New Hampshire Secretary of State Bill Gardner is going to announce the date of our first-in-the-nation presidential primary tomorrow. With that, the race in New Hampshire will get started in earnest.
In case you haven’t noticed, the actual on-the-ground campaigning in New Hampshire has been light so far. Candidates have had to spend a lot of time raising money and preparing for (and participating in) a bunch of nationally televised “debates” in the hope that a good performance before a national audience would bring in more money.
Those debates and fund-raising are going to continue to interfere with retail campaigning in early states. But from here on out we would expect to see more of the candidates. It would be smart for the ones who are struggling to gain traction in national polls to spend more time here, where campaigning is cheaper and the race is still up for grabs.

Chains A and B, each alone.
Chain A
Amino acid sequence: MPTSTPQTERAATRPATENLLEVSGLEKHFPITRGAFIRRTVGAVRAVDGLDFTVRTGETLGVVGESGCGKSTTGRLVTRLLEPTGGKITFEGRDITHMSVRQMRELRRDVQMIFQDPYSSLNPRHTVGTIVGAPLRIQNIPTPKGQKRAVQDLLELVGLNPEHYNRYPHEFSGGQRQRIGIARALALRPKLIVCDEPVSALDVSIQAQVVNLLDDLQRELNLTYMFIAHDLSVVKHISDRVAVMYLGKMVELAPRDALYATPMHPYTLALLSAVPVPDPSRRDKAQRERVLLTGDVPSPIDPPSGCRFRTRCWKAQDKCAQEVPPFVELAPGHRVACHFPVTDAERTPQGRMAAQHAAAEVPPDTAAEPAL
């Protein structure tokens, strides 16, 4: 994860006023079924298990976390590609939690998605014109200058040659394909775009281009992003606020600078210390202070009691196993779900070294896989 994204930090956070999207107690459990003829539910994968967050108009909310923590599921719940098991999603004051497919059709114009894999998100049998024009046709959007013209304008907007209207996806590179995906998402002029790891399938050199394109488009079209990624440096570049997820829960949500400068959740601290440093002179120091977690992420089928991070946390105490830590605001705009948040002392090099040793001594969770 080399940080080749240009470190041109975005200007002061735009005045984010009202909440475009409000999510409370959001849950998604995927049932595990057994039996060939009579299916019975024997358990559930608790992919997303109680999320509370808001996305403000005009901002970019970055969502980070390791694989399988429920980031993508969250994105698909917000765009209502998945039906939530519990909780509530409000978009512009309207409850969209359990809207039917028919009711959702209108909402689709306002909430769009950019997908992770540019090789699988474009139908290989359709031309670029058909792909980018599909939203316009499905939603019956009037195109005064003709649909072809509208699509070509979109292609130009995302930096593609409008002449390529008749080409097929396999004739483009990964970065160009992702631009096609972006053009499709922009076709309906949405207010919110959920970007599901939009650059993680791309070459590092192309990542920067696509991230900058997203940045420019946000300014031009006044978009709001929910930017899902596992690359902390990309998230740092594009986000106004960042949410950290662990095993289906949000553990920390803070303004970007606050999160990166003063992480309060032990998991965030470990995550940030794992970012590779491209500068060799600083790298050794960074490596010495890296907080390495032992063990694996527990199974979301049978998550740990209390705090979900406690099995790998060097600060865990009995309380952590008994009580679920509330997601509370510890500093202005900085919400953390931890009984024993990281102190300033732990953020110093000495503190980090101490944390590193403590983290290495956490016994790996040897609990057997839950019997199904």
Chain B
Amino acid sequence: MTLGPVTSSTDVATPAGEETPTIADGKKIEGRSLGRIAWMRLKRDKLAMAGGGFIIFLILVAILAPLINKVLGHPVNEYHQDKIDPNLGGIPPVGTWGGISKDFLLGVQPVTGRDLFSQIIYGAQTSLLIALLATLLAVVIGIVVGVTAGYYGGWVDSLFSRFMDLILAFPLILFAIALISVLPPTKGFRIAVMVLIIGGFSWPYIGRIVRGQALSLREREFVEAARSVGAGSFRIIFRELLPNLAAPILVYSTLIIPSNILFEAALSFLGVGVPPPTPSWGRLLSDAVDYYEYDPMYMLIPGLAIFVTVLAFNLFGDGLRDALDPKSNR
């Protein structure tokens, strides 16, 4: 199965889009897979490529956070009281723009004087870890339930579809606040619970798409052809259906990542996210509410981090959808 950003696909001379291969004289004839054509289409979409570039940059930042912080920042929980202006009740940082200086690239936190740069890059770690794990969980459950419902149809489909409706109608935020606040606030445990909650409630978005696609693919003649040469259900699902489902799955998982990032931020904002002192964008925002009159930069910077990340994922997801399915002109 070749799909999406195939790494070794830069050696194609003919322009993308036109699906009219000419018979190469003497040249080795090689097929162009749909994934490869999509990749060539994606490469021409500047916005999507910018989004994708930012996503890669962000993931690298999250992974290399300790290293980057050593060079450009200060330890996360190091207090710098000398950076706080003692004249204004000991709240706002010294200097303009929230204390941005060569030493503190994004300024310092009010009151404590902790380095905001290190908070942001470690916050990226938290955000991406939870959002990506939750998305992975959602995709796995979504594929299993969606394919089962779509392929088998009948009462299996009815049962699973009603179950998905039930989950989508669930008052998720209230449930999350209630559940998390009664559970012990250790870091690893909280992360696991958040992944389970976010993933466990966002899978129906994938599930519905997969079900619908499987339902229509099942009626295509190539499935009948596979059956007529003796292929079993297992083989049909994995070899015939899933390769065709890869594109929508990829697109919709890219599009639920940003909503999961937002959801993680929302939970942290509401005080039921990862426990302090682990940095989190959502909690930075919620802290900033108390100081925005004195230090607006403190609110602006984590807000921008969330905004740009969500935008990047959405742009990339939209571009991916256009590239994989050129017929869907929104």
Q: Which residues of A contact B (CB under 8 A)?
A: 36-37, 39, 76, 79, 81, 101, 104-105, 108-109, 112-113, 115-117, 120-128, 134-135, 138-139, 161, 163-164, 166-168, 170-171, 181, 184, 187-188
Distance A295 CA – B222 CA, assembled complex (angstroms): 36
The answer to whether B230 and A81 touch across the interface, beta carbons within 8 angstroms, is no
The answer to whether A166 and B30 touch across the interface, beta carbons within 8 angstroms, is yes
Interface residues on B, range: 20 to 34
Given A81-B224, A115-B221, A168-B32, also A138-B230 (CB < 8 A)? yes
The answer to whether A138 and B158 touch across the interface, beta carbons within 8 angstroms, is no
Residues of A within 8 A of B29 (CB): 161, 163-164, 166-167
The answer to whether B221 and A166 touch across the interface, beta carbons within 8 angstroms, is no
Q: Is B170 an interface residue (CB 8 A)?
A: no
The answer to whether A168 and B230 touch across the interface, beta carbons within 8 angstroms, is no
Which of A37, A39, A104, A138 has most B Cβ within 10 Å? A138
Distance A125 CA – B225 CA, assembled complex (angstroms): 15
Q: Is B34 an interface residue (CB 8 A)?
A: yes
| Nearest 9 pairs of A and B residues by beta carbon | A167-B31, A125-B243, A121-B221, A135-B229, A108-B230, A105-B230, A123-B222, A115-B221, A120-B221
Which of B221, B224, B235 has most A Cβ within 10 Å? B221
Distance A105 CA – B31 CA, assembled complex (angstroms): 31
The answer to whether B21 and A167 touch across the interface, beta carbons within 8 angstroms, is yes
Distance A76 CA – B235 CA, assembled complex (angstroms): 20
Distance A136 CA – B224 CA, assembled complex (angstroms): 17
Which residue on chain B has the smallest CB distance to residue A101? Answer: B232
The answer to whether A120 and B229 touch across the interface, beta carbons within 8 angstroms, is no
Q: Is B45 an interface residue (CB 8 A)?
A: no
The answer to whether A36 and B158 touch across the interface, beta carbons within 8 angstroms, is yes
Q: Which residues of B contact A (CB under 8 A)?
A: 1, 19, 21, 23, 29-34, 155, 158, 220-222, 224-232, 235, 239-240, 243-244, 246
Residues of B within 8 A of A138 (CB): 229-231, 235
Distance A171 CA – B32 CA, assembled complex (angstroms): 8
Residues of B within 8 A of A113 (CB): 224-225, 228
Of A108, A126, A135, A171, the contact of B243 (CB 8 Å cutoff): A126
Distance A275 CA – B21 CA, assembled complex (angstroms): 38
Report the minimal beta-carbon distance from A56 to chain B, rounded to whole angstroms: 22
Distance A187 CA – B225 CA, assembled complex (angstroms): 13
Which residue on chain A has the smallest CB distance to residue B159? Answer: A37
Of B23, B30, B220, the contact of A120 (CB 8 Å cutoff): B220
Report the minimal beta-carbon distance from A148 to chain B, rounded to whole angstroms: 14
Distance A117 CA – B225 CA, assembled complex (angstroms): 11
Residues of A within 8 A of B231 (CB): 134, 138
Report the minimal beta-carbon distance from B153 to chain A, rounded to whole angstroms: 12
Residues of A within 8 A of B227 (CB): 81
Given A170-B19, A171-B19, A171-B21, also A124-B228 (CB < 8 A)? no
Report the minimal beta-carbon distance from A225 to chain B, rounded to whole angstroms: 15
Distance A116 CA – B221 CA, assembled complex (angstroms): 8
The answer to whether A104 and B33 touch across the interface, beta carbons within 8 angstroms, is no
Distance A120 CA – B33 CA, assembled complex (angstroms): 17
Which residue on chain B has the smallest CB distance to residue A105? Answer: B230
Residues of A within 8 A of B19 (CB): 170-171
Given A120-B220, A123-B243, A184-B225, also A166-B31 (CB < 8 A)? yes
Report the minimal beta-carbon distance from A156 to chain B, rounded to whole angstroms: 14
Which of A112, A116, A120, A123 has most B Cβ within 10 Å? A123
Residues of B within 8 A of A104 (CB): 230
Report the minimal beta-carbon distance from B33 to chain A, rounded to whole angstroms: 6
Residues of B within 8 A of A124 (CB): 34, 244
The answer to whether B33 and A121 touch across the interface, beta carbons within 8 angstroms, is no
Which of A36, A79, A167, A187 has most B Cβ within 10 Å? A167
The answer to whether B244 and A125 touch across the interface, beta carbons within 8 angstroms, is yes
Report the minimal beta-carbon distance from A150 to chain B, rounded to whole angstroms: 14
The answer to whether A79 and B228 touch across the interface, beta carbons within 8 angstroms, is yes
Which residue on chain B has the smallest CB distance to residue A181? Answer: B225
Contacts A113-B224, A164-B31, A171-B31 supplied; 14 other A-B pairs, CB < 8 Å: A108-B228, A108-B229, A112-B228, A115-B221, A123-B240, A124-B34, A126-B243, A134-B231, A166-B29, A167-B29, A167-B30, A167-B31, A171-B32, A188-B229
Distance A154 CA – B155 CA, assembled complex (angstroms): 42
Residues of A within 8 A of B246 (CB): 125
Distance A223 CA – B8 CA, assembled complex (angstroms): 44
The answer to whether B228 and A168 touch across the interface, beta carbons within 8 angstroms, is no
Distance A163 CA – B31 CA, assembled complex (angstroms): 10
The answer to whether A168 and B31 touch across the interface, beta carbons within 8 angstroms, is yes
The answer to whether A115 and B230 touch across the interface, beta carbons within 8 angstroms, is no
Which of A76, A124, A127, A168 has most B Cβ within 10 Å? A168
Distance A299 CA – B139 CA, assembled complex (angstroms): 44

No one should be scared away by Mitt Romney’s standing in the polls here, or by Herman Cain’s rise. Republican and Republican-leaning independents here have not made up their minds, and the polling shows very clearly that most are waiting for a candidate to come and win them over. Those who avoid campaigning here under the assumption that an opponent is going to win are missing a golden opportunity.
Both nationally and in New Hampshire, Republican voters are still searching for their candidate. We would not be at all surprised if another candidate surges in the next month, and maybe another one after that. This race is far from over. So buckle up; things are about to get interesting.